Pakistani Taliban take security forces hostage after seizing detention centre

Conflicting reports emerge of situation as militants demand safe passage to Afghanistan

Police stand guard along a road they blocked after Taliban militants seized a police station in Bannu on December 19, 2022.  - More than 30 Pakistan Taliban militants seized a police station after breaking free from custody and were holding several officers hostage on December 19, officials said.  (Photo by Karim ULLAH  /  AFP)
Beta V.1.0 - Powered by automated translation

A siege of a police counter-terrorism compound by the Pakistani Taliban in northern Pakistan has been under way for the last 24 hours with at least one member of the security forces held hostage and two killed, officials said.

The incident unfolded in the Bannu district of the north-western province of Khyber Pakhtunkhwa on Sunday.

Accounts varied as to how the siege began, a police official told The National. Some accounts suggested it was an organised raid by a group of militants, while others said it started with a prison breakout from within the besieged building.

Another description of the raid said two counter-terrorism officials were killed and many more injured after militants overpowered interrogators, snatched an AK-47 rifle and opened fire inside the police station.

By one account, at least 15 attackers took policemen hostage and demanded passage to Afghanistan, a demand also made in a video released by the militants.

Police and security forces rushed to the spot and an operation was under way to free the hostages, the source said.

Bannu journalist Gauhar Wazir told The National that when the shooting started police and army personnel were quickly deployed.

“The cantonment area [where the facility was located] has been sealed and the residents have been asked to stay indoors,” Mr Wazir said.

“The internet has been down, roads are closed while the people are stressed and limited to their homes in cantonment areas,” he added, referring to the garrison area where families live close to the security forces.

A senior police official in Bannu, on condition of anonymity, told The National that officials were considering negotiations with the militants to free the hostages. He said the attackers were members of Pakistan’s branch of the Taliban, known as Tehreek-e-Taliban-e-Pakistan (TTP), who wanted to go to Afghanistan.

A Pakistani Taliban member leaves Buner with his machine gun on Friday, April 24, 2009 in Pakistan. Taliban militants began pulling out of a recently seized district of northwestern Pakistan on Friday and returning to a stronghold where they have signed a peace deal with the government, a local official and the insurgents said. (AP Photo/Abdullah Khan) *** Local Caption ***  BUN103_Pakistan.jpg

“Bannu cantonment area has been sealed, and residents have been asked to stay indoors until further orders,” police officials said. “Militants have also demanded a local religious figure to come forward for negotiation.”

A video clip went viral on Sunday in which one of the militants was allegedly holding a security official at gunpoint.

The alleged militant demanded a “safe passage” to Afghanistan and warned of dire consequences if the demand was not met.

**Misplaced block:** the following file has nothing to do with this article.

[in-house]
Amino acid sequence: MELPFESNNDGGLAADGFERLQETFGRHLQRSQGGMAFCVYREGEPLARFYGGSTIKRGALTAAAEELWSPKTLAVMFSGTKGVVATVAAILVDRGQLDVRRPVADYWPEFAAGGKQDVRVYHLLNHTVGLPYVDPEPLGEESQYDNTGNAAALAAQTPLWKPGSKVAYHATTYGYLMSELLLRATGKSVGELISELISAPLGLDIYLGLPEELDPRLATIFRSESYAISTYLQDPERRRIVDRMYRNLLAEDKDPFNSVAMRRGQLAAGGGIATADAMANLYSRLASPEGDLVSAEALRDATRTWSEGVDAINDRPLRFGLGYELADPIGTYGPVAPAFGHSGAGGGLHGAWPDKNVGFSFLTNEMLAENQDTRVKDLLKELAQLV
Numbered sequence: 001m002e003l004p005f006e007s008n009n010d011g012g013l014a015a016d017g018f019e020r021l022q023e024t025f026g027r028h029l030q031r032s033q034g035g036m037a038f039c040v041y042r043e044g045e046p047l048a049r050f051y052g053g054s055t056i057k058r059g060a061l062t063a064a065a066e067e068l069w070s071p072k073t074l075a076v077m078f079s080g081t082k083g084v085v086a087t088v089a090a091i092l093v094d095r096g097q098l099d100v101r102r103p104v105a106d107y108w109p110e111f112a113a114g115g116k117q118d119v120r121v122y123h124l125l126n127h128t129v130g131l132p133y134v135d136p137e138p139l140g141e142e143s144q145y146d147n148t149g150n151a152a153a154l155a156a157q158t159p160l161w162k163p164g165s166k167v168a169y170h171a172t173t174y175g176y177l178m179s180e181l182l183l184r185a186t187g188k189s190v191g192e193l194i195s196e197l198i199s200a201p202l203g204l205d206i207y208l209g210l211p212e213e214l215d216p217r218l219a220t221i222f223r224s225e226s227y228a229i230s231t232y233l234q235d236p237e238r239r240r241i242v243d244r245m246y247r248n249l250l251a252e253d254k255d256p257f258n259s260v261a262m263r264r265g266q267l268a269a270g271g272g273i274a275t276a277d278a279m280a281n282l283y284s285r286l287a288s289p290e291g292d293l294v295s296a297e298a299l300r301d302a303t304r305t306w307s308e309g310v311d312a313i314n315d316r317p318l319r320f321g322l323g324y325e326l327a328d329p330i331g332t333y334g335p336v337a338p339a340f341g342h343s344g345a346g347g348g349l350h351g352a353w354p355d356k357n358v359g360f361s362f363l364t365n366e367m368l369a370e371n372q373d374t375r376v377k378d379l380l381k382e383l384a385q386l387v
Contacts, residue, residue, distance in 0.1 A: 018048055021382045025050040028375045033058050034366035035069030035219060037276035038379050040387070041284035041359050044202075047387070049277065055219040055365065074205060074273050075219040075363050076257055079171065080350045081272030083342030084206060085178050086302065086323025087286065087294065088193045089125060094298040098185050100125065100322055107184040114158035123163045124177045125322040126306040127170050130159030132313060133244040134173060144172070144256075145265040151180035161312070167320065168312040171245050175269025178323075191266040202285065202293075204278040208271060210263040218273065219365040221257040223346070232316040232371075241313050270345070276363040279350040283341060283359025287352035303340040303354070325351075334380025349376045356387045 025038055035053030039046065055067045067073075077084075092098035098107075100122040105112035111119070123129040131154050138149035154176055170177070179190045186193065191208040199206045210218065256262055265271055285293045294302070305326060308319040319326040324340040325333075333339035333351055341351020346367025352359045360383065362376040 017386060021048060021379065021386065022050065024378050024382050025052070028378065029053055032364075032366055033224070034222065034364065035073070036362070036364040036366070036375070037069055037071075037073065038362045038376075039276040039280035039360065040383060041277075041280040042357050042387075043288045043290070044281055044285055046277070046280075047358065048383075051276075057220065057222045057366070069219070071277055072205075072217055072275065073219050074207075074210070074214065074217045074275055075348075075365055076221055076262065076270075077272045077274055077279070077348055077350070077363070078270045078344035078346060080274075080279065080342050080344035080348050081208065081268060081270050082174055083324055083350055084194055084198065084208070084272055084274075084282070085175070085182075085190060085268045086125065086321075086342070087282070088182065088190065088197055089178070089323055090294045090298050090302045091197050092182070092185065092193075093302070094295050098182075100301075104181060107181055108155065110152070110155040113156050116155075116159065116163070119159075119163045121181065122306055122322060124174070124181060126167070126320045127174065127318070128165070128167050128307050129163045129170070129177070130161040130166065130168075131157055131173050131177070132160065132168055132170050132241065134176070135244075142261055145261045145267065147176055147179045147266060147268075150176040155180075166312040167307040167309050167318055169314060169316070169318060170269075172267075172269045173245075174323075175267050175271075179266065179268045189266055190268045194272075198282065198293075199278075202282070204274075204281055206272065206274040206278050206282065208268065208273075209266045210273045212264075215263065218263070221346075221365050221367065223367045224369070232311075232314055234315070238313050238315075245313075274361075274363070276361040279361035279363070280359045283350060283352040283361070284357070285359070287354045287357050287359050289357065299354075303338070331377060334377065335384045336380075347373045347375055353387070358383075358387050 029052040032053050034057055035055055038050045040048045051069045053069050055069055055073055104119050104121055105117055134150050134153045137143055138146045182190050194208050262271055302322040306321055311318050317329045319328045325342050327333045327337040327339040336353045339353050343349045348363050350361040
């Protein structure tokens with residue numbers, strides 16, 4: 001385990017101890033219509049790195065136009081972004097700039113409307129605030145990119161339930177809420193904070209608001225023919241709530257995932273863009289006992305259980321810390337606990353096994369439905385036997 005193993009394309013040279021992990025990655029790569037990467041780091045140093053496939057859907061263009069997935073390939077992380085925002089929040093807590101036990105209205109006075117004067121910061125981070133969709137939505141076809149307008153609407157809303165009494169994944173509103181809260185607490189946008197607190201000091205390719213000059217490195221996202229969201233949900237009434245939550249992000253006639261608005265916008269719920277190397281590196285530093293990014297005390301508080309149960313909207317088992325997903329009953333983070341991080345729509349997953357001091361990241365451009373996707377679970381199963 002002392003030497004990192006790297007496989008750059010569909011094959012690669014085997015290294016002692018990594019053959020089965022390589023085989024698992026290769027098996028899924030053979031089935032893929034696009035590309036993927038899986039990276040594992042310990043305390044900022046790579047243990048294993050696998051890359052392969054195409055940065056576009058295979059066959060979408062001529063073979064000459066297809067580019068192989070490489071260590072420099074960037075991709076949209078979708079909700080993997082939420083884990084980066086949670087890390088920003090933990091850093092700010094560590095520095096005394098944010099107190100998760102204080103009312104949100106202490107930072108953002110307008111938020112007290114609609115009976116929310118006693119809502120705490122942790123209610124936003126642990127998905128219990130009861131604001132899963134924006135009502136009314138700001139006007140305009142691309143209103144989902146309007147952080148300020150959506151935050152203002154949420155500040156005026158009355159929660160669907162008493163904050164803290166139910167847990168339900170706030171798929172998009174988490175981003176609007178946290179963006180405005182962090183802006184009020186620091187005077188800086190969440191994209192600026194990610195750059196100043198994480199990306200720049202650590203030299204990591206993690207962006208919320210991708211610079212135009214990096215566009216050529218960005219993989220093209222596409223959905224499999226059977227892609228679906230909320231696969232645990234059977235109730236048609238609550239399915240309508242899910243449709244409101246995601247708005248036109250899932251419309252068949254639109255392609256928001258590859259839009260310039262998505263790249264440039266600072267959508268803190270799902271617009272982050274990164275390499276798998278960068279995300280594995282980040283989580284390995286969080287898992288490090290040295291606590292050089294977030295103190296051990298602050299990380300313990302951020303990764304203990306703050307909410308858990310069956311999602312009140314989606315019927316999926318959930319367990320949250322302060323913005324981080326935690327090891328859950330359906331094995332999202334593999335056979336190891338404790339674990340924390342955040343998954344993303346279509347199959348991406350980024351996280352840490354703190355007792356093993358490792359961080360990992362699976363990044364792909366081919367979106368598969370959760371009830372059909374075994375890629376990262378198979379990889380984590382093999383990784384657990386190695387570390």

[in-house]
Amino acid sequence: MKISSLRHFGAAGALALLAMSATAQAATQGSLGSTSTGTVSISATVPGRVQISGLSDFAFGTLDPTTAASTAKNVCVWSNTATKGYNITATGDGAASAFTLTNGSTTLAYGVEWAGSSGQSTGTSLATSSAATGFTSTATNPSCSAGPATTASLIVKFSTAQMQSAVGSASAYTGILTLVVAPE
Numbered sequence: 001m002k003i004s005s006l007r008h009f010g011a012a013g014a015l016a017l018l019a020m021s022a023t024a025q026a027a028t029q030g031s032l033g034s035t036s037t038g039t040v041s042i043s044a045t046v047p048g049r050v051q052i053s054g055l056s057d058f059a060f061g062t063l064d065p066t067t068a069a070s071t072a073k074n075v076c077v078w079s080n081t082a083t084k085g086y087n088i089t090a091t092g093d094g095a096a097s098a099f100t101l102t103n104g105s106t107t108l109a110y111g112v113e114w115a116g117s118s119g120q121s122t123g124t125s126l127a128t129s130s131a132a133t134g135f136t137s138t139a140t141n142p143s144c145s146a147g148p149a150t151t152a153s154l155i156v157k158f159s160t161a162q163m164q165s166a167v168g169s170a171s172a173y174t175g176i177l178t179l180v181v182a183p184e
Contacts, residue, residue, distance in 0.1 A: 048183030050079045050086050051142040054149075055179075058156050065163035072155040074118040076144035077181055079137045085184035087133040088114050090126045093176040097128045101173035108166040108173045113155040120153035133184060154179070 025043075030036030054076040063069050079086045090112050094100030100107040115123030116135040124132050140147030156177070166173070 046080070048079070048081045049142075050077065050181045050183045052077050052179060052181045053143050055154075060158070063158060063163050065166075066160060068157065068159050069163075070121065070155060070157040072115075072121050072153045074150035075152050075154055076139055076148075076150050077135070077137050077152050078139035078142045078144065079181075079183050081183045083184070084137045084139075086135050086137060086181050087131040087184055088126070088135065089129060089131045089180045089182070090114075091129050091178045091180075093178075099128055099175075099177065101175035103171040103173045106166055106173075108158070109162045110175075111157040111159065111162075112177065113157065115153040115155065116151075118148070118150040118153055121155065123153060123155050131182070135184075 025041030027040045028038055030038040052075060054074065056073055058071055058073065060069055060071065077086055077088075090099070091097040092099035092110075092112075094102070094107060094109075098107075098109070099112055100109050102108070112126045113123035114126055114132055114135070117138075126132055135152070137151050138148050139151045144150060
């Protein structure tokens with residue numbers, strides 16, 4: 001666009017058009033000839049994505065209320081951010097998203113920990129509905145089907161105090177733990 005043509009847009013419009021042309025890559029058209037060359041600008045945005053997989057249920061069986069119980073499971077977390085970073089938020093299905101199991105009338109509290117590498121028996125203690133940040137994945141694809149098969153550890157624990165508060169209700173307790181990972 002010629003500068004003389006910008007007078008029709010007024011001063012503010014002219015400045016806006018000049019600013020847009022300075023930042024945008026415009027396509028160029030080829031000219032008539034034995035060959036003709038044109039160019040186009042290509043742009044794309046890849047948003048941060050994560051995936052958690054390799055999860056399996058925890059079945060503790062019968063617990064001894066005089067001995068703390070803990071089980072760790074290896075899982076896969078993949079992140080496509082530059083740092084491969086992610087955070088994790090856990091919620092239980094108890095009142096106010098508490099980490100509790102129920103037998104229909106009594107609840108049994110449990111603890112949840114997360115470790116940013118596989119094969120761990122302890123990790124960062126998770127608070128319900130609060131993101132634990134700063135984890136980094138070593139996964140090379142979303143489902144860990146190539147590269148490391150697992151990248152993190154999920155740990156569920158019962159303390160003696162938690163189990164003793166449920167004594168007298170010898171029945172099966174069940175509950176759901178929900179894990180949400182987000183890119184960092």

Another alleged militant, whose face was not visible, can be heard saying “eight to ten security personnel” were in their captivity.

He said 35 of his associates, whom he called fedayeen — meaning those who are willing to die — had managed to break free from where they were held and demanded the Pakistan government allow their departure to Afghanistan by plane.

“We broke the jail and the security men are in our captivity and they will be released safely if we are provided a safe exit,” he said.

The TTP said that the prisoners at the centre were mostly “our mujahideen comrades”.

It added that the prisoners had taken many military officers hostage and that they would be willing to release them if they were granted safe passage.

But the TTP rejected the plea for safe passage for the prisoners. It said they were unaware of recent events in Pakistan and Afghanistan.

“Currently, we have a large area in the tribal areas where a large number of mujahideen including the leadership are present, we do not need to use the territory of Afghanistan,” the group said.

One of the escaped prisoners said in the video that only a few of the detainees were affiliated to the Pakistani Taliban, while most were civilians.

The former prisoner said the men had been detained for several months and were repeatedly tortured.

Regional police officer Wajid Khan told The National that the operation is still under way and the area has been sealed.

Barrister Muhammad Ali Saif, special assistant to the region’s chief minister, said the situation was “under control” and security forces had started an operation.

Lakki Marwat is situated in Khyber Pakhtunkhwa’s southern region, which has witnessed a surge in terrorist attacks, especially targeting an array of different security forces including soldiers and police.

On Sunday in a separate attack, four policemen were killed and four were injured when terrorists attacked a police station in Baragai village, Lakki Marwat.

It was the fourth attack on police in the region in the past month.

On November 16, six police were killed when the van they were travelling in was attacked with heavy weapons in Kurram Par, Lakki Marwat.

Subsequently, an operation was launched by the Pakistan army in the Pashan area.

A police official said the hideouts of terrorists were targeted with gunship helicopters during the operation.

Out of the spate of recent attacks, the TTP has claimed responsibility for three separate incidents that happened on the same day, including one targeting military personnel in North Waziristan, and retaliatory attack on security forces in Chitral and Khyber Pakhtunkhwa.

Updated: December 19, 2022, 12:20 PM
EDITOR'S PICKS
NEWSLETTERS